13.    Correlation of Fecal Strep Log Reduction (FSLR) in the
       Packed Column with Ozone Dosage, Utilization, Consump-
       tion, Residual, and Initial Fecal Strep Density (MCWTP
       Effluent)	    34

14.    Correlation of Total Coliform Log Reduction (TCLR) in
       the Jet Scrubber with Ozone Dosage, Utilization, Con-
       sumption,  Residual, and Initial Total Coliform Density
       (MCWTP) Effluent) 	    34

15.    Correlation of Fecal Coliform Log Reduction (FCLR) in
       the Jet Scrubber with Ozone Dosage, Utilization, Con-
       sumption,  Residual, and Initial Fecal Coliform
       Density (MCWTP Effluent)  	    34

16.    Correlation of Fecal Strep Log Reduction (FSLR) in the
       Jet Scrubber with Ozone Dosage, Utilization,  Consumption,
       Residual,  and Initial Fecal Strep Density (MCWTP
       Effluent)	    35

17.    Characteristics of the Pilot Plant Effluent Prior
       to Ozonation	    38

18.    Split-Split-Plot Layout for Total Coliform Log
       Reduction Data	    39

19.    ANOVA for Total Coliform Log Reduction 	    39

20.    Split-Split-Plot Layout for Fecal Coliform Log
       Reduction Data	    42

21.    ANOVA for Fecal Coliform Log Reduction Data	    42

22.    Split-Split-Plot Layout for Percent Ozone Utilization Data  ...    44

23.    ANOVA for Percent Ozone Utilization Data 	    44

24.    Split-Split-Plot Layout for Ozone Utilization Data 	    46

25.    ANOVA for Actual Ozone Utilization Data  	    46

26.    Split-Split-Plot Layout for Ozone Residual Data  	    49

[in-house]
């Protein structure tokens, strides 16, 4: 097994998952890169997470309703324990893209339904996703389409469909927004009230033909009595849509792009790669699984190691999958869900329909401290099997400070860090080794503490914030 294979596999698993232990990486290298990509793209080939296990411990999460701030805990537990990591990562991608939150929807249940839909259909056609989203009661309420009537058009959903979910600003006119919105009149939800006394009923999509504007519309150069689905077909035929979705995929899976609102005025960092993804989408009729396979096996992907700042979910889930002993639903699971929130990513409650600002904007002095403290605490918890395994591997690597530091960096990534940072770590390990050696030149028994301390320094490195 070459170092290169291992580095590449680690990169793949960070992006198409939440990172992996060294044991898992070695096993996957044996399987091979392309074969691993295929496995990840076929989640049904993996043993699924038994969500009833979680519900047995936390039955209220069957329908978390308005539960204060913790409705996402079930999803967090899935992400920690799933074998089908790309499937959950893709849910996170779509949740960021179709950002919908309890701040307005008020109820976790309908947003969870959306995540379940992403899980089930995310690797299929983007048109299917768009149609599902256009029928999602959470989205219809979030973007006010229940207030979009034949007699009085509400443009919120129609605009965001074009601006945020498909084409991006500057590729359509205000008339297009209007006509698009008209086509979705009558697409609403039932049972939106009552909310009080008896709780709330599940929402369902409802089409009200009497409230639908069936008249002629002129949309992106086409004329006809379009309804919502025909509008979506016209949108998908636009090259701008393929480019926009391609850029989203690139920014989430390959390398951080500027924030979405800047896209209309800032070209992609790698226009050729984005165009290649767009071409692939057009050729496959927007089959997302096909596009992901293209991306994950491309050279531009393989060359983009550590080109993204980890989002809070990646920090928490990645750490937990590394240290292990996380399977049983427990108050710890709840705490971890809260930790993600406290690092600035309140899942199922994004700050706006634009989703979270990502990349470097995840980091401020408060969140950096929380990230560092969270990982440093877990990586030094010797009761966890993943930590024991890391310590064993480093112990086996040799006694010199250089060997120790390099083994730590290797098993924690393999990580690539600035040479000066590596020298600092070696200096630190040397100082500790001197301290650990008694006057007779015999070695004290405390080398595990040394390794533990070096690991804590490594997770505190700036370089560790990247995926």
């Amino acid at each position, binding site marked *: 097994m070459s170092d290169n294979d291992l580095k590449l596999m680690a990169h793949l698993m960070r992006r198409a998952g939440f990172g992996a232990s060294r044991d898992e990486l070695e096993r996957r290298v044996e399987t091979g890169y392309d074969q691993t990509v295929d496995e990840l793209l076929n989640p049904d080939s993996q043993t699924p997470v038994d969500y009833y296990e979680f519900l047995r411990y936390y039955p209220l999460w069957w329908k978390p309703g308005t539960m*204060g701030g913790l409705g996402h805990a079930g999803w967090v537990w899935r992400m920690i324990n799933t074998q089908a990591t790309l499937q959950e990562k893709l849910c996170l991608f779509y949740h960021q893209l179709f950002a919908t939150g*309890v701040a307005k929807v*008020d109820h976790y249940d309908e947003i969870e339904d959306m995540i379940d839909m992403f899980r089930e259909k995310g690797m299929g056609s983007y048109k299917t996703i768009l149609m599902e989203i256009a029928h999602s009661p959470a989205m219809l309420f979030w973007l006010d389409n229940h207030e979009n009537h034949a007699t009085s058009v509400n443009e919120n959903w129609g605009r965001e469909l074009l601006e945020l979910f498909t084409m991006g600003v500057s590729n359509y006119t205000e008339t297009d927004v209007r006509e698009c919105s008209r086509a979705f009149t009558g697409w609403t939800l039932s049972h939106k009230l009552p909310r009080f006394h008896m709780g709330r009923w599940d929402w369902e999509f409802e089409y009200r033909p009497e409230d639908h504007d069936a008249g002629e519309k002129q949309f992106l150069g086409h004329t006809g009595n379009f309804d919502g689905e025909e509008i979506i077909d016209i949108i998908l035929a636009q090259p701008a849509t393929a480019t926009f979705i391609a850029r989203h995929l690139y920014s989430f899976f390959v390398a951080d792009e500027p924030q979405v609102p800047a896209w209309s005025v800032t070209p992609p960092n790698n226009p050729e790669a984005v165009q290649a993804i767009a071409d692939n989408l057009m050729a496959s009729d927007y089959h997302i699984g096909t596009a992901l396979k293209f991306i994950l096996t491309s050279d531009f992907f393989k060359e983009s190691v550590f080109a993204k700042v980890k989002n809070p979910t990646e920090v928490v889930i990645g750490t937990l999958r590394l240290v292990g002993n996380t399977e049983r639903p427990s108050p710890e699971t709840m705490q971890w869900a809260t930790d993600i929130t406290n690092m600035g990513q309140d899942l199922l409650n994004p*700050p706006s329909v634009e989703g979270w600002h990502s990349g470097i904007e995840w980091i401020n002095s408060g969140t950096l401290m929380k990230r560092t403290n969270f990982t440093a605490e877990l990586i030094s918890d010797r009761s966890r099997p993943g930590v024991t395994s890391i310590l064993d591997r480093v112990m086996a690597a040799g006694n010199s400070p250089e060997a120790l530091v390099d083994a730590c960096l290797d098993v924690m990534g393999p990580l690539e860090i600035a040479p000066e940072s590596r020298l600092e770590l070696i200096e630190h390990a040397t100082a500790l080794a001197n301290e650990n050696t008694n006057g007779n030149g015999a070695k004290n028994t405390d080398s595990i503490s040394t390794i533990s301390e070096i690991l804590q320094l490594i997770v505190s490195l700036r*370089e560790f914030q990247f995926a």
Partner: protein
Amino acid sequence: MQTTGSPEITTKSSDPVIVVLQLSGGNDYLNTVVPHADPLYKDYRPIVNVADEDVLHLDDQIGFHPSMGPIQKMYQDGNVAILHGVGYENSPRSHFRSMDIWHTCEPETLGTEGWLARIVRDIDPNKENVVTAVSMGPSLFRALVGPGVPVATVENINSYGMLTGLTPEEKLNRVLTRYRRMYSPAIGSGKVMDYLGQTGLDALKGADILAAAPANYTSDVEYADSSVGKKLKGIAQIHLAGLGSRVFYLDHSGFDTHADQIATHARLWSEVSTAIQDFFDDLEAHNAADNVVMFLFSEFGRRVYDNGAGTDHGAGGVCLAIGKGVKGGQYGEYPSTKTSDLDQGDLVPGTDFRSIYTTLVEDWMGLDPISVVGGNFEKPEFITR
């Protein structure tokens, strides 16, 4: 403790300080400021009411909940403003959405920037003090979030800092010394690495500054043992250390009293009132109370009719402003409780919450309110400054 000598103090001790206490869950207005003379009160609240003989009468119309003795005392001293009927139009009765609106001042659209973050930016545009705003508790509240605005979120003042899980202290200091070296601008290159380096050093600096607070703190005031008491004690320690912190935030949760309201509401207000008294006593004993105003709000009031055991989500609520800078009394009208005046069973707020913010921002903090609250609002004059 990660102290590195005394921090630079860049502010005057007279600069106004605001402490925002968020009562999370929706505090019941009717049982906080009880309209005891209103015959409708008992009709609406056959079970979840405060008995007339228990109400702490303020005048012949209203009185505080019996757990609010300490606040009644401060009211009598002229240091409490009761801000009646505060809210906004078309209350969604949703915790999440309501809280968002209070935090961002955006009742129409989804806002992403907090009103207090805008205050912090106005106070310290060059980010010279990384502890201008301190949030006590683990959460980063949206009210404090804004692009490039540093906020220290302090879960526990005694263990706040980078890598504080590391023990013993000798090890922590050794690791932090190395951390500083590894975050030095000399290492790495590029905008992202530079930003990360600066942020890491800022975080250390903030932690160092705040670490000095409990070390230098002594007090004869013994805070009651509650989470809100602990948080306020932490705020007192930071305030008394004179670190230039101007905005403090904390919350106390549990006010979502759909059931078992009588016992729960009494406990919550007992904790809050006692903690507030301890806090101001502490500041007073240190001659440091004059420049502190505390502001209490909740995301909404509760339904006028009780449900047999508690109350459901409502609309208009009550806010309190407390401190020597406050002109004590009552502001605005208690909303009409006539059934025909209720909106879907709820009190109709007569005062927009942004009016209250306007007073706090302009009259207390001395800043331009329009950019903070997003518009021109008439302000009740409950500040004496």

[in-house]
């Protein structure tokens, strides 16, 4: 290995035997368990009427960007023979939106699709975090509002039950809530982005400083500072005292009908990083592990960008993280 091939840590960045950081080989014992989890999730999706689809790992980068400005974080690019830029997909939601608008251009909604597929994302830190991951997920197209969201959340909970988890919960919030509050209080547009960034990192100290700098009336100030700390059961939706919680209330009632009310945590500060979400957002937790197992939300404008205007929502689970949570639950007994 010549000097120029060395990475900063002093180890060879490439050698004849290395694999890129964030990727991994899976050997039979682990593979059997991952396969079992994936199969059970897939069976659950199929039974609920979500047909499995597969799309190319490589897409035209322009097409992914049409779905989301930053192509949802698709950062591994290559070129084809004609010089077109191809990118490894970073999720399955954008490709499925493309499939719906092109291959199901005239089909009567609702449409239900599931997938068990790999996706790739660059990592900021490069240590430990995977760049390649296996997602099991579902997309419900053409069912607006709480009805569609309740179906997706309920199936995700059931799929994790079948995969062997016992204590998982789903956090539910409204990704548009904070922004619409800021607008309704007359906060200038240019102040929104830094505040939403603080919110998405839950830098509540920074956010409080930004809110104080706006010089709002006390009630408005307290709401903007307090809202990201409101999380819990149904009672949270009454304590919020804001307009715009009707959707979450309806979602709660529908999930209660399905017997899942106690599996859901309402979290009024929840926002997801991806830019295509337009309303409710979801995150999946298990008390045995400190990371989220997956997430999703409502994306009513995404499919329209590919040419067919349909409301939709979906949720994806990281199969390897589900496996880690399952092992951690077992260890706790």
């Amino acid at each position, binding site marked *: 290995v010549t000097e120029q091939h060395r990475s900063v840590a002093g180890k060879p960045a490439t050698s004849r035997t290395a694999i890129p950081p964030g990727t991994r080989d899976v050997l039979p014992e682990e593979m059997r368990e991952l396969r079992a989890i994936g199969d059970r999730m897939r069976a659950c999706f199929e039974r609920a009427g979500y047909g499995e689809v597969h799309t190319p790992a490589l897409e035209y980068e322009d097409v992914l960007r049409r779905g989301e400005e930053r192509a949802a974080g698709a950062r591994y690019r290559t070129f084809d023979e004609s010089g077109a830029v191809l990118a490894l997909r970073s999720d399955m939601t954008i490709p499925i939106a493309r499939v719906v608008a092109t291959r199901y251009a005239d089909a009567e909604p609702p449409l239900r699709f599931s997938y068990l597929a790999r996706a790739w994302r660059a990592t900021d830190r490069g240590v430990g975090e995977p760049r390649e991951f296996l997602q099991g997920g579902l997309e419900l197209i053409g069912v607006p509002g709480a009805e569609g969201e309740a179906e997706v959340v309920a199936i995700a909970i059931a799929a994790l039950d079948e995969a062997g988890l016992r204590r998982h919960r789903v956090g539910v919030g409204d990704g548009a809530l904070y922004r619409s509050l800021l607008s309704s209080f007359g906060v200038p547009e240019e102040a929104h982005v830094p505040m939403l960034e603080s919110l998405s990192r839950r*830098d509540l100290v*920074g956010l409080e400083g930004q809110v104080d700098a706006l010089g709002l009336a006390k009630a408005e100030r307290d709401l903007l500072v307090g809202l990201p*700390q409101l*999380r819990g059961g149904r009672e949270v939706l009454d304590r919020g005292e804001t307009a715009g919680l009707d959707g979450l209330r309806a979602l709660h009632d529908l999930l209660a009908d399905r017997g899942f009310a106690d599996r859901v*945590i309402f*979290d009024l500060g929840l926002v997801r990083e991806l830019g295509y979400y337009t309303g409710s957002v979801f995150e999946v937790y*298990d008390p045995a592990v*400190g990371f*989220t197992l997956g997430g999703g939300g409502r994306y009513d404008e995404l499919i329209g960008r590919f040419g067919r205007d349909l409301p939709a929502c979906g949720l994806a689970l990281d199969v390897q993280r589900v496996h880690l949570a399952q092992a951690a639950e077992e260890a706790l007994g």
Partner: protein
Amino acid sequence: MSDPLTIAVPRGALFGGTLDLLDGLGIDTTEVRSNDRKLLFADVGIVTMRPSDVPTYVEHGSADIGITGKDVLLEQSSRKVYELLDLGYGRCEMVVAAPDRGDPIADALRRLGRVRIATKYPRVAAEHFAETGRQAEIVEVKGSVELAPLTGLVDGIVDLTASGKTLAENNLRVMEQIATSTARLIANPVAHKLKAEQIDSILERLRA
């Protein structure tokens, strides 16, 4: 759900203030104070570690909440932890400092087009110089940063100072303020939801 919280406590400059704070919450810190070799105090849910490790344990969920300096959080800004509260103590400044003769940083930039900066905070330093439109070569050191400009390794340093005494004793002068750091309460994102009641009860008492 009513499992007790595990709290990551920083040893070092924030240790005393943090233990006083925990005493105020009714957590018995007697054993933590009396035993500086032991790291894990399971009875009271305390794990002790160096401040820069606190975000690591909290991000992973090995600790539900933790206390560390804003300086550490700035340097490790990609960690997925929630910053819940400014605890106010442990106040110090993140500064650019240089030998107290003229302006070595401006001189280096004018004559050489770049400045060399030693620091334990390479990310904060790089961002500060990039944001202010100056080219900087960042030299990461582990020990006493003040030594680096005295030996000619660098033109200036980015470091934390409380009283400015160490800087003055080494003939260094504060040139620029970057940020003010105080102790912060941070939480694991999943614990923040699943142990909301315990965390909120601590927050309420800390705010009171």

27.    ANOVA for Ozone Residual Data	    49
                                    XII

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                            TABLES (Continued)


28.  Split-Split-Plot  Layout  for  Ozone Consumption Data  	    52

29,  ANOVA for Ozone Consumption  Data	    52

30.  Correlation  of Total Coliform Log Reduction  (TCLR)
       in the Packed Column  at  Different Applied Ozone
       Dosage Levels with Effluent Quality  Parameters   	    56

31.  Correlation  of Fecal Coliform Log Reduction  (FCLR)
       in the Packed Column  at  Different Applied Ozone
       Dosage Levels with Effluent Quality  Parameters   	    58

32.  Correlation of Total Coliform Log Reduction (TCLR) in
      the Jet Scrubber at Different Applied Ozone Dosage
      Levels with Effluent Quality Parameters 	  58

33.  Correlation of Fecal Coliform Log Reduction (FCLR) in
      the Jet Scrubber at Different Applied Ozone Dosage
      Levels with Effluent Quality Parameters 	  59

34.  Correlation of Ozone Utilization in the Packed Column
      at Different Applied Ozone  Dosage Levels with
      Effluent Quality Parameters 	 .   	  59

35.  Correlation of Ozone Utilization in the Jet Scrubber
      at Different Applied Ozone  Dosage Levels with
      Effluent Quality Parameters 	  62

36.  Correlation of Ozone Residual in the Packed Column
      at Different Applied Ozone  Dosage Levels with
      Effluent Quality Parameters 	  62

37.  Correlation of Ozone Residual in the Jet Scrubber
      at Different Applied Ozone  Dosage Levels with
      Effluent Quality Parameters 	 .  	  63

38.  Correlation of Ozone Consumption in the Packed Column
      at Different Applied Ozone  Dosage Levels with
      Effluent Quality Parameters  	   63

39.  Correlation of Ozone Consumption in the Jet Scrubber
      at Different Applied Ozone  Dosage Levels with